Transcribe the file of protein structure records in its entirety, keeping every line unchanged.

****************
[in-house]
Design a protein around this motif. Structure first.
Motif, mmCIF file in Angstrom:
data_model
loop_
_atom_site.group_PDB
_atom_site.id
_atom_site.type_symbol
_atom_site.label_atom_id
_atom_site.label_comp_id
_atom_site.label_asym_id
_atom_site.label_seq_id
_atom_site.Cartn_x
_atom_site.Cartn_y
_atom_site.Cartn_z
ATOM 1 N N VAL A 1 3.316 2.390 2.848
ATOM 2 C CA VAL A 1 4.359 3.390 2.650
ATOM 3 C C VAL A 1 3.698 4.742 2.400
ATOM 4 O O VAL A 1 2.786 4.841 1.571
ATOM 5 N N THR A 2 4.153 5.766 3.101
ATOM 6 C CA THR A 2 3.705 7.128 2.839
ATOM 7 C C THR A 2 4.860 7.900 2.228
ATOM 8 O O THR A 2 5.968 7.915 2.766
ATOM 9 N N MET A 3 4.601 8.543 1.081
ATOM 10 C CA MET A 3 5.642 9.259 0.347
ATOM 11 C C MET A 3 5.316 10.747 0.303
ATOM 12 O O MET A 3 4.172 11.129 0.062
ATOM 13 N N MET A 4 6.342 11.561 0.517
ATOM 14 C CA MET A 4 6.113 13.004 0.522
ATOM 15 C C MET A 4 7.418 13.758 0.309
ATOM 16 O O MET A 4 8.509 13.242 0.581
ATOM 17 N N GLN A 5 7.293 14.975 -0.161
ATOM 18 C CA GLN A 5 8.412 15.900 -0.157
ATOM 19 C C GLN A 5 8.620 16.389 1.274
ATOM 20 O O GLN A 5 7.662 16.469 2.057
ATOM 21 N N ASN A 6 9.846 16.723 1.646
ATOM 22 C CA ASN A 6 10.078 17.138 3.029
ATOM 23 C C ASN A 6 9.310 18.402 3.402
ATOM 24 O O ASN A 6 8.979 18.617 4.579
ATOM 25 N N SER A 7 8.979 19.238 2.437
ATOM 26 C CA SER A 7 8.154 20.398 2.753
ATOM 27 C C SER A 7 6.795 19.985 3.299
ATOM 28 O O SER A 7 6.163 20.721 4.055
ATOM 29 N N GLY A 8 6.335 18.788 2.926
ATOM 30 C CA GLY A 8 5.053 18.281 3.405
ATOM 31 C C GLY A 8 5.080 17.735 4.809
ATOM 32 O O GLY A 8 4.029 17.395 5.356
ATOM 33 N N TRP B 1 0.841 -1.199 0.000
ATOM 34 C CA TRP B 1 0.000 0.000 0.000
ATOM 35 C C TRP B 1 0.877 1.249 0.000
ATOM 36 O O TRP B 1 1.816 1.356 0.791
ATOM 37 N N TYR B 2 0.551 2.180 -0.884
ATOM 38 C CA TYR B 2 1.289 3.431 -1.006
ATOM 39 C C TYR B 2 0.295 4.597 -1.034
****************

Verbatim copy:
[in-house]
Design a protein around this motif. Structure first.
Motif, mmCIF file in Angstrom:
data_model
loop_
_atom_site.group_PDB
_atom_site.id
_atom_site.type_symbol
_atom_site.label_atom_id
_atom_site.label_comp_id
_atom_site.label_asym_id
_atom_site.label_seq_id
_atom_site.Cartn_x
_atom_site.Cartn_y
_atom_site.Cartn_z
ATOM 1 N N VAL A 1 3.316 2.390 2.848
ATOM 2 C CA VAL A 1 4.359 3.390 2.650
ATOM 3 C C VAL A 1 3.698 4.742 2.400
ATOM 4 O O VAL A 1 2.786 4.841 1.571
ATOM 5 N N THR A 2 4.153 5.766 3.101
ATOM 6 C CA THR A 2 3.705 7.128 2.839
ATOM 7 C C THR A 2 4.860 7.900 2.228
ATOM 8 O O THR A 2 5.968 7.915 2.766
ATOM 9 N N MET A 3 4.601 8.543 1.081
ATOM 10 C CA MET A 3 5.642 9.259 0.347
ATOM 11 C C MET A 3 5.316 10.747 0.303
ATOM 12 O O MET A 3 4.172 11.129 0.062
ATOM 13 N N MET A 4 6.342 11.561 0.517
ATOM 14 C CA MET A 4 6.113 13.004 0.522
ATOM 15 C C MET A 4 7.418 13.758 0.309
ATOM 16 O O MET A 4 8.509 13.242 0.581
ATOM 17 N N GLN A 5 7.293 14.975 -0.161
ATOM 18 C CA GLN A 5 8.412 15.900 -0.157
ATOM 19 C C GLN A 5 8.620 16.389 1.274
ATOM 20 O O GLN A 5 7.662 16.469 2.057
ATOM 21 N N ASN A 6 9.846 16.723 1.646
ATOM 22 C CA ASN A 6 10.078 17.138 3.029
ATOM 23 C C ASN A 6 9.310 18.402 3.402
ATOM 24 O O ASN A 6 8.979 18.617 4.579
ATOM 25 N N SER A 7 8.979 19.238 2.437
ATOM 26 C CA SER A 7 8.154 20.398 2.753
ATOM 27 C C SER A 7 6.795 19.985 3.299
ATOM 28 O O SER A 7 6.163 20.721 4.055
ATOM 29 N N GLY A 8 6.335 18.788 2.926
ATOM 30 C CA GLY A 8 5.053 18.281 3.405
ATOM 31 C C GLY A 8 5.080 17.735 4.809
ATOM 32 O O GLY A 8 4.029 17.395 5.356
ATOM 33 N N TRP B 1 0.841 -1.199 0.000
ATOM 34 C CA TRP B 1 0.000 0.000 0.000
ATOM 35 C C TRP B 1 0.877 1.249 0.000
ATOM 36 O O TRP B 1 1.816 1.356 0.791
ATOM 37 N N TYR B 2 0.551 2.180 -0.884
ATOM 38 C CA TYR B 2 1.289 3.431 -1.006
ATOM 39 C C TYR B 2 0.295 4.597 -1.034